Improving the test application

Of course the sample above is reduced to the minimum. Therefore, let us blow up the sample to demonstrate the possibilities. Let’s split the solution into a user interface and logic piece. The following diagram shows the resulting flow definitions:

Flow2.png

Now we get three flows. The top level flow is still the “MainFlow”, but below this level, we have the Gui and the LogicFlow. Translated to the flow definition language we get:
FlowDefinition: MainFlow{
	Flow: Gui
	Flow: LogicFlow
	Wire: Gui.Value -> LogicFlow.Value
	Wire: LogicFlow.Result -> Gui.Result
	Wire: LogicFlow.ExceptionPin -> Gui.ExceptionPin
}

FlowDefinition: Gui {
	Step: Transform0Tests
	In: Result
	In: ExceptionPin
	Out: Value
	Wire: In.Result -> Transform0Tests.Result
	Wire: In.ExceptionPin -> Transform0Tests.ExceptionPin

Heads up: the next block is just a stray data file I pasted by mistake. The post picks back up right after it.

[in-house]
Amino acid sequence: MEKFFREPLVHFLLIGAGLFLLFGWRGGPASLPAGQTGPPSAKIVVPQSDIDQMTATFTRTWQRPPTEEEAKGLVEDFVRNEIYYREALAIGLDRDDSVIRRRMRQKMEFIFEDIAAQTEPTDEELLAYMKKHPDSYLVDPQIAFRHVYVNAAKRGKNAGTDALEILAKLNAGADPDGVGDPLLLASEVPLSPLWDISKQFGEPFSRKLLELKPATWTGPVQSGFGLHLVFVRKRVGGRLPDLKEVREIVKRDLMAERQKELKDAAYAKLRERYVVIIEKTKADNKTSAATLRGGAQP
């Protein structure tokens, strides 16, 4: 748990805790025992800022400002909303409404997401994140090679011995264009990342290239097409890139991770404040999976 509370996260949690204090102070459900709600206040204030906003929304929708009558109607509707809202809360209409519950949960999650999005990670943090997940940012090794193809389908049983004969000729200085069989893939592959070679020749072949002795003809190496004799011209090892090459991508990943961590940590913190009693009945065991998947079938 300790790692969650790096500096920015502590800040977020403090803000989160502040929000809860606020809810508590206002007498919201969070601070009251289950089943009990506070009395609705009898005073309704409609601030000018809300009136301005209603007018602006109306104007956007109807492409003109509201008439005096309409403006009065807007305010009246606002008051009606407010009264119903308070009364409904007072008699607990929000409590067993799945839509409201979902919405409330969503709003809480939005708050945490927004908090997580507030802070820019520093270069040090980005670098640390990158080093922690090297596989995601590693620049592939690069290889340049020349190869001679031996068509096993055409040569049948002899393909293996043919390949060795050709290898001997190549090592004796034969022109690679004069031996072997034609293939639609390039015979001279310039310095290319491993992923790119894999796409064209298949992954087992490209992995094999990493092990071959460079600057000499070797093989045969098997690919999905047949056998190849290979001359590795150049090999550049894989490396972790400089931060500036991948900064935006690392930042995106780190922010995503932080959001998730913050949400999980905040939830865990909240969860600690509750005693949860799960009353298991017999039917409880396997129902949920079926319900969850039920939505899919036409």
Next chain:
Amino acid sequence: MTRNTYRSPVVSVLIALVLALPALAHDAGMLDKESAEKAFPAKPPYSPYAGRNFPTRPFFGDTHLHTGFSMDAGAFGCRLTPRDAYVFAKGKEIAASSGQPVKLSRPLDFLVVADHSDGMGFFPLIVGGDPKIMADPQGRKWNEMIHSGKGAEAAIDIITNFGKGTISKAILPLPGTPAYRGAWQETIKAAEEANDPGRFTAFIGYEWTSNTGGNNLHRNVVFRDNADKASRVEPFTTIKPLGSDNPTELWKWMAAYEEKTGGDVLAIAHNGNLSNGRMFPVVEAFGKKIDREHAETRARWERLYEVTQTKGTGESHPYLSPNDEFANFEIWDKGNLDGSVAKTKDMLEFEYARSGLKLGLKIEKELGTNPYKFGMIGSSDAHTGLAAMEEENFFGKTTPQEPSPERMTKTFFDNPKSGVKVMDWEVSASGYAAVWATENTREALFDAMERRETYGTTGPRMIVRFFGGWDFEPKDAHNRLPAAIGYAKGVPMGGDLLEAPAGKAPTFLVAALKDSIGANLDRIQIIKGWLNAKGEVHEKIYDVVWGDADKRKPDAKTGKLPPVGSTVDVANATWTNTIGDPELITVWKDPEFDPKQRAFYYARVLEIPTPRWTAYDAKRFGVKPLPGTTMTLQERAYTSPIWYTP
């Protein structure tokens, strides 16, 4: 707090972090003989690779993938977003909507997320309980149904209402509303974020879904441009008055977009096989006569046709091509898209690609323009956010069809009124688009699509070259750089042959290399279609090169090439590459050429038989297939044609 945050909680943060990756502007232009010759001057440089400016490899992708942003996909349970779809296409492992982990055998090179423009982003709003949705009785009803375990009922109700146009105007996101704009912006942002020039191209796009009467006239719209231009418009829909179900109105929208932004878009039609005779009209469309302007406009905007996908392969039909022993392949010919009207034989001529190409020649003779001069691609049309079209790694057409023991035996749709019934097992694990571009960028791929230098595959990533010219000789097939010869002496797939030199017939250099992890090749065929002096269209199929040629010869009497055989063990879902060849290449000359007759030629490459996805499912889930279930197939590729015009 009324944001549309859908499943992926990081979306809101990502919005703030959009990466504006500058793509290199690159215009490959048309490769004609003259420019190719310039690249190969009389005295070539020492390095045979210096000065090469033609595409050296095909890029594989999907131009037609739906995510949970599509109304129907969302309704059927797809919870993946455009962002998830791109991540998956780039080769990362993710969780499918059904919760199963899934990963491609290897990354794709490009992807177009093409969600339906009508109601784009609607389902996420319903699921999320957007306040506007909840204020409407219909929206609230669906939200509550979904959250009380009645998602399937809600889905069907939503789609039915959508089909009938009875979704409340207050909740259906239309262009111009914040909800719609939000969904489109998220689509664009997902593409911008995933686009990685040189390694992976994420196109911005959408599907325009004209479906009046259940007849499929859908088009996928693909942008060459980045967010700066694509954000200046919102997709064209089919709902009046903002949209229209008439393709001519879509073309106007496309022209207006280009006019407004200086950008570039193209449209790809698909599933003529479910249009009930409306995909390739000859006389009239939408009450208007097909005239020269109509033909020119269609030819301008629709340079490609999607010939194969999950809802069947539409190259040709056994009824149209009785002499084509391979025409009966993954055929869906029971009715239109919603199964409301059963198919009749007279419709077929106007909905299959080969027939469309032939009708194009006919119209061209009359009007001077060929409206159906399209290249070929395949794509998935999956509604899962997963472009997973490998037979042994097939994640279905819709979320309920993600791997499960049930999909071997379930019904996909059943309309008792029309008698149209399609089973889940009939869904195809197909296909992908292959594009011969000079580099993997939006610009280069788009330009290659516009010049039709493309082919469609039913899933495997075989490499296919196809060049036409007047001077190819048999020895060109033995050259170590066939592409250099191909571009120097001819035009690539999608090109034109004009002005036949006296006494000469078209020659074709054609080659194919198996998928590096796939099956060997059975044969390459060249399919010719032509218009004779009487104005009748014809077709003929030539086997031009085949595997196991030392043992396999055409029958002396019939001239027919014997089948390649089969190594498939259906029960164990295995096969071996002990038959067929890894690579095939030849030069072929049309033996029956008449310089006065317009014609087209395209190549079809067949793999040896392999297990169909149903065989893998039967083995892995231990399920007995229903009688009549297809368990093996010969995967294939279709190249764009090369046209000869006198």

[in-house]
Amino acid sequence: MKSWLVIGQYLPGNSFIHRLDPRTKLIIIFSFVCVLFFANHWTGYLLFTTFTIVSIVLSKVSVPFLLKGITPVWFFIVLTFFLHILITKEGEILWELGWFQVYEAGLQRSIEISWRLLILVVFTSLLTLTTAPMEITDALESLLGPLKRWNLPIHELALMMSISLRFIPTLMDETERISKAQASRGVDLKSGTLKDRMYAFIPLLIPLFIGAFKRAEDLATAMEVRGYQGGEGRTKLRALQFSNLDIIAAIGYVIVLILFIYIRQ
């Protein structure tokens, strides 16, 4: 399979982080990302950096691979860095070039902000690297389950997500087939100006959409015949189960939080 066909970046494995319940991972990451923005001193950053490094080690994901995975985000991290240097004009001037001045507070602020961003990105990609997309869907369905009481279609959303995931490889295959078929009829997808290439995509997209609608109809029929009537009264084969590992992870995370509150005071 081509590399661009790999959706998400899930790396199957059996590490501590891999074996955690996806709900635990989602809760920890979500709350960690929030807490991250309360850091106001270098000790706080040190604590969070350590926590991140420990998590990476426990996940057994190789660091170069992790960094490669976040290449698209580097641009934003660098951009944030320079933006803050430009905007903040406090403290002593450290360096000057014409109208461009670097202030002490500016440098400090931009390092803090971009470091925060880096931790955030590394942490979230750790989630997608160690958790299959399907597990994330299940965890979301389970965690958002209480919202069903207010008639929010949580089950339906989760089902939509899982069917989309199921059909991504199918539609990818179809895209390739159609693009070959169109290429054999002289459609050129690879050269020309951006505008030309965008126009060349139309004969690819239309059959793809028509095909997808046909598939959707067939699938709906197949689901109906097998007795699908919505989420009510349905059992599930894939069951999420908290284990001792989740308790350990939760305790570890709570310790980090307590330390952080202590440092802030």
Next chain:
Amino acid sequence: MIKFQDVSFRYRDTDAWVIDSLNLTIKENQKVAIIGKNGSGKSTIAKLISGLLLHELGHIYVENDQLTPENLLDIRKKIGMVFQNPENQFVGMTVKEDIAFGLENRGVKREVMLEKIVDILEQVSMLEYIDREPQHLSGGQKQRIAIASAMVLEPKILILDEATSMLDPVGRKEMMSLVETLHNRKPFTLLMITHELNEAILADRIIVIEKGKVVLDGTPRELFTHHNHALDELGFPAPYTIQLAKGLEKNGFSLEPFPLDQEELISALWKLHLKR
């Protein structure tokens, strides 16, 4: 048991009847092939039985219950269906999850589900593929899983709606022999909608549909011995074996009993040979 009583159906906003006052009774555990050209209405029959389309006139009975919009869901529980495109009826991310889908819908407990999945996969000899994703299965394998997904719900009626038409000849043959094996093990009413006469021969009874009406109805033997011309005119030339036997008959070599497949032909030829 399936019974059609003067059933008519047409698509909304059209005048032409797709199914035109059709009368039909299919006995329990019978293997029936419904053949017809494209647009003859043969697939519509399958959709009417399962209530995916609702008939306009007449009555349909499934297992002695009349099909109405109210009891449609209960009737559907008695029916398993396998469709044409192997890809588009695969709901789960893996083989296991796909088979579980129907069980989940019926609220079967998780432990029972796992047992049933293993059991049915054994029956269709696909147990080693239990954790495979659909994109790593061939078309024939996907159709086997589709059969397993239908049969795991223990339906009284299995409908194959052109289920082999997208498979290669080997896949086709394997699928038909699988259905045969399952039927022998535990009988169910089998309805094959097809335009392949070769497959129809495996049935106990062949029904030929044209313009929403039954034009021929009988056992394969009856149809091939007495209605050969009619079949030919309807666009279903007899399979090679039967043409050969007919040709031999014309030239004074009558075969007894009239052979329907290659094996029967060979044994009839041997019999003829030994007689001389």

Wire: Transform0ab2Tests.Value -> Out.Value	
}

FlowDefinition: LogicFlow {
	Step: ToUpper
	Step: ToReverse
	In: Value
	Out: Result
	Out: ExceptionPin
	
	Wire: In.Value -> ToUpper.Value
	Wire: ToUpper.Uppered -> ToReverse.Value
	Wire: ToReverse.Reversed -> Out.Result

	Wire: ToUpper.ExceptionPin -> Out.ExceptionPin
	Wire: ToReverse.ExceptionPin -> Out.ExceptionPin
}

To test we use the „TestFlowDefinition1_Method2“:
[TestMethod]
public void TestFlowDefinition1_Method2() {
	AppBuilder tAppBuilder = new AppBuilder();
	tAppBuilder.LoadFlowsFromFile(@"{Your path!}\FD.Transform1.ab3");
	tAppBuilder.AddPreparedStepInstance("MainFlow.Gui""Transform0Tests"this);
	tAppBuilder.BuildApp(nullnull);
 
	this.Value("This is my test string!");
 	Assert.AreEqual(@"!GNIRTS TSET YM SI SIHT"this._Result);
}

The only difference to the test method above is that we inject the test class to a different flow namesapce („MainFlow.Gui“). Therefore, this sample demonstrates the namespace generation of the AppBuilder. The top level namespace is “MainFlow”. It’s just like common programming language works.

Last edited Apr 19, 2013 at 4:33 PM by InneHo, version 2

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